Newport Beach, CA – An expected 40 students and faculty from universities across the country will participate in a first annual, one day student-centered conference April 28 on developing the power engineering workforce of the future. The first annual conference is a project of the U.S. Department of Energy’s new program: Grid Engineering for Accelerated Renewable Energy Development (GEARED). A part of DOE’s SunShot Initiative, GEARED is administered by the Interstate Renewable Energy Council (IREC) and the Solar Electric Power Association (SEPA).
Among the highlights are a student poster session and a Smart Grid and Distributed Technologies Seminar, including a panel discussion on “Challenges to Students in Transforming the Electric Utility Grid,” led by utility, industry, and national laboratory leaders.
About half of the students attending will be presenting posters on research projects. Student and faculty attendees will have the opportunity to network with professionals at a reception held in conjunction with the opening of SEPA’s annual Utility Solar Conference, April 28-30, and will participate in the first day of that conference, which is focused on the theme “Building a Solar Smart Utility.” The coordinated conferences are both at the Newport Beach Marriott, Newport, CA.
“Co-locating the meetings allows us to bring together the students in power engineering programs with electric utility practitioners at a time when both groups are responding to the challenges of an increasingly decentralized and diverse grid,” says Bob Gibson, vice president of education and outreach for SEPA. “We especially want to thank Pacific Gas & Electric for its generous support of the GEARED conference, making it possible for us to capitalize on this synergy between academics and industry.”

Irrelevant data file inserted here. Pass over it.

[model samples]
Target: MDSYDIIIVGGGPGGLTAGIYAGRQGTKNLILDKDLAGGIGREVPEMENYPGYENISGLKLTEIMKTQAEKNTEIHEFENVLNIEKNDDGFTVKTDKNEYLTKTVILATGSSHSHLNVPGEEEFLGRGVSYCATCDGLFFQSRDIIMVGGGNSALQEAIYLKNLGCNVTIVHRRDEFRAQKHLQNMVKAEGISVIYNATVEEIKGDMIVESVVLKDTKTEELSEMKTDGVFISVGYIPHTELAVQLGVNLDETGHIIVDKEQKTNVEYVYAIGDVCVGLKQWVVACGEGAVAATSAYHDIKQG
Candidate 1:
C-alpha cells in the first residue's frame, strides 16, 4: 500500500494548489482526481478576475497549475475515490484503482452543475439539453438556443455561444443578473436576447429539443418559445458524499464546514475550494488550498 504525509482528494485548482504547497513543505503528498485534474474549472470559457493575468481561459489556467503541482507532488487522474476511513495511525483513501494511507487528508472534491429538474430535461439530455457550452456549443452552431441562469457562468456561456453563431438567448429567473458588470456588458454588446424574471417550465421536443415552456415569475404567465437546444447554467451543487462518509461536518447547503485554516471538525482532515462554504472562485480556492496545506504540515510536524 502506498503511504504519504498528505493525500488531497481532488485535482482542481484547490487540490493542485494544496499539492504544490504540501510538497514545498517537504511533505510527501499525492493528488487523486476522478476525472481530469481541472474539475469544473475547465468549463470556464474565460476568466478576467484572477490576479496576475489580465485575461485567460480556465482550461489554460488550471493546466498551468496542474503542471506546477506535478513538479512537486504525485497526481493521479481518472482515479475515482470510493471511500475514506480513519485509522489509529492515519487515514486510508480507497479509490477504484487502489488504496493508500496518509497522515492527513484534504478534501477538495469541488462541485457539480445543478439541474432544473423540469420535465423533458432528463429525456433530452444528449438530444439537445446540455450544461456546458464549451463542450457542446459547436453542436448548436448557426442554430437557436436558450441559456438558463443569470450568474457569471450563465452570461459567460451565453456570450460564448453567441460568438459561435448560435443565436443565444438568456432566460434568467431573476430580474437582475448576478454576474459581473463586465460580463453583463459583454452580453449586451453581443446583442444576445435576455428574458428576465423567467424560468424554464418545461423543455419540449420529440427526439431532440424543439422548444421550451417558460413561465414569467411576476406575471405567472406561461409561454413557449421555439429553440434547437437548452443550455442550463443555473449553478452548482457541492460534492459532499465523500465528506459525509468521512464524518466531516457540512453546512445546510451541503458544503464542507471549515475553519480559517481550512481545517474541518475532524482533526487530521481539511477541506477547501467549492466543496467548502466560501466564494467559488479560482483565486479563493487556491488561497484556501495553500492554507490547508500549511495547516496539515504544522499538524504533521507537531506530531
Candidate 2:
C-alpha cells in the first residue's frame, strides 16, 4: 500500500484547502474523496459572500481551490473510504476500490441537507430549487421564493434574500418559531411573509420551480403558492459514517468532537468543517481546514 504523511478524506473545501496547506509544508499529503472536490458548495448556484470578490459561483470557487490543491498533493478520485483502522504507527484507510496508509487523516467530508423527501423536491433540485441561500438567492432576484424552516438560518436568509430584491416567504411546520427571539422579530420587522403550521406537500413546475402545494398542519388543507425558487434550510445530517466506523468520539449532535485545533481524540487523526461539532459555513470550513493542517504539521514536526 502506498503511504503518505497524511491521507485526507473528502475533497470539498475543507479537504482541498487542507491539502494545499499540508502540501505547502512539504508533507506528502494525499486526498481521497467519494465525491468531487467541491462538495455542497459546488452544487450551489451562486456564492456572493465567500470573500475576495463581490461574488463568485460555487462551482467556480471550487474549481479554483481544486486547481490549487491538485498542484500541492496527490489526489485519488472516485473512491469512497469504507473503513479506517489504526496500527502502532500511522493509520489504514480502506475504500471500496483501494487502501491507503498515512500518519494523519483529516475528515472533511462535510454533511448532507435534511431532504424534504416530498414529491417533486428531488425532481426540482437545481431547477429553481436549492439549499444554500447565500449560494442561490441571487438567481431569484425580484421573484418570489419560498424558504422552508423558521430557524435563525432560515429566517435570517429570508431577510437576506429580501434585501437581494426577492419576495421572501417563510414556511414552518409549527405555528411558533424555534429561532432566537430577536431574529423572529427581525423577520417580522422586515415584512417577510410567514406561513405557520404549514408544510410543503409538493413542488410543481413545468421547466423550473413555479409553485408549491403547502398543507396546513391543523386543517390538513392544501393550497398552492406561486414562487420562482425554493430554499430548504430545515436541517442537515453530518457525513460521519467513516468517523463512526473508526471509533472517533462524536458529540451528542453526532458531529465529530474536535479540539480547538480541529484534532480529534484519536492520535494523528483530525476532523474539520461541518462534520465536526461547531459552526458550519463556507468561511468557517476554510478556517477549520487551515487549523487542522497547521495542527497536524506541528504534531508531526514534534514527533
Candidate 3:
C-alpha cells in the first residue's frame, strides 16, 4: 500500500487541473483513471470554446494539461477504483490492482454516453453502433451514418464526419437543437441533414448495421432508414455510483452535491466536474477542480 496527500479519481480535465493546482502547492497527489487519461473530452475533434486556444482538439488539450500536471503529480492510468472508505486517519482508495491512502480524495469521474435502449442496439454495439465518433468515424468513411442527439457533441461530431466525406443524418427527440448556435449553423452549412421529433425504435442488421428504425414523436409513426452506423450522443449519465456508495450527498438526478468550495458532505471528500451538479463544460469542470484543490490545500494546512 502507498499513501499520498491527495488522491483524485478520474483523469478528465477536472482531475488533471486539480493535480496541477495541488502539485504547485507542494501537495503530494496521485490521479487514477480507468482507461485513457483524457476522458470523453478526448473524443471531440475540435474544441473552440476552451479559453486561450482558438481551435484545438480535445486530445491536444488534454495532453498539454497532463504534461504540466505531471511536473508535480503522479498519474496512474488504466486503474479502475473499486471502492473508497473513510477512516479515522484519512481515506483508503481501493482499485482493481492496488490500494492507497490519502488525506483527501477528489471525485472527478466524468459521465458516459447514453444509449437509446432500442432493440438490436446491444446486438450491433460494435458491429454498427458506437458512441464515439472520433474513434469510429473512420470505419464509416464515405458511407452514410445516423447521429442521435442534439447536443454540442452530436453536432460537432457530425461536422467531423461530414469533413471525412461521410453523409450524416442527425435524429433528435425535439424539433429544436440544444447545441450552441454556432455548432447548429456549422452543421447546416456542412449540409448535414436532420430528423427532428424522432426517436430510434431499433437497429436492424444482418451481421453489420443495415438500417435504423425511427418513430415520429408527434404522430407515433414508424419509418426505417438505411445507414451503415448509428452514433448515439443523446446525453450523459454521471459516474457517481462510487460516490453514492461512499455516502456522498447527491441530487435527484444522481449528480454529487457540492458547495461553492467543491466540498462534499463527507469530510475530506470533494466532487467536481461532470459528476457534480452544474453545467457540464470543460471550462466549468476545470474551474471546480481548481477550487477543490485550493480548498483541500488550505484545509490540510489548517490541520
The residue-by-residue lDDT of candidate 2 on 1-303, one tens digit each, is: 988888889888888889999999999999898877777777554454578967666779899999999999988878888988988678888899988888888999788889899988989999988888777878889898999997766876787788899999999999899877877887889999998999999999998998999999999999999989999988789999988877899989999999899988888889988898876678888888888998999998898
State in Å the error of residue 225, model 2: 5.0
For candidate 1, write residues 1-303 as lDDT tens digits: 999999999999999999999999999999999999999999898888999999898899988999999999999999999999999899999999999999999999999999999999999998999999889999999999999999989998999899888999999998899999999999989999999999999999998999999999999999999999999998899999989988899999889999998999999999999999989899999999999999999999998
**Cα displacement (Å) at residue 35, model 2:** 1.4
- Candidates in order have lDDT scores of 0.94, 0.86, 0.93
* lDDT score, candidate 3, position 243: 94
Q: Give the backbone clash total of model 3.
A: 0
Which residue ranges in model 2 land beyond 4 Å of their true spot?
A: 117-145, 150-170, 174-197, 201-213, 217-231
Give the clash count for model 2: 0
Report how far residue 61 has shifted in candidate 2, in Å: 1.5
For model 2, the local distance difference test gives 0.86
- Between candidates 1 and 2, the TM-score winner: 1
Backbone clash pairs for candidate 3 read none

A $25,000 grant from PG&E is underwriting much of the students’ costs associated with the conference.
Power systems expertise is needed to meet the unique challenges and opportunities posed by increasing penetration of renewable power technologies – specifically for distribution systems. Integrating distributed solar PV, small wind, transactive controls, demand response, electric vehicles, distributed storage and other variable and distributed power technologies into the grid will require new skills and power systems expertise.
The GEARED project consists of four Distributed Technology Training Consortiums (DTTCs) that work with universities and utilities across the U.S. to support the inclusion of power systems analysis, research and development into training activities, such as curriculum and short course development, internships and coops, and continuing education. IREC and SEPA, as national network administrators, are working to facilitate and support efforts of the DTTCs to build a national framework for power systems training and curriculum that will accelerate the growth of power systems programs and human capacity.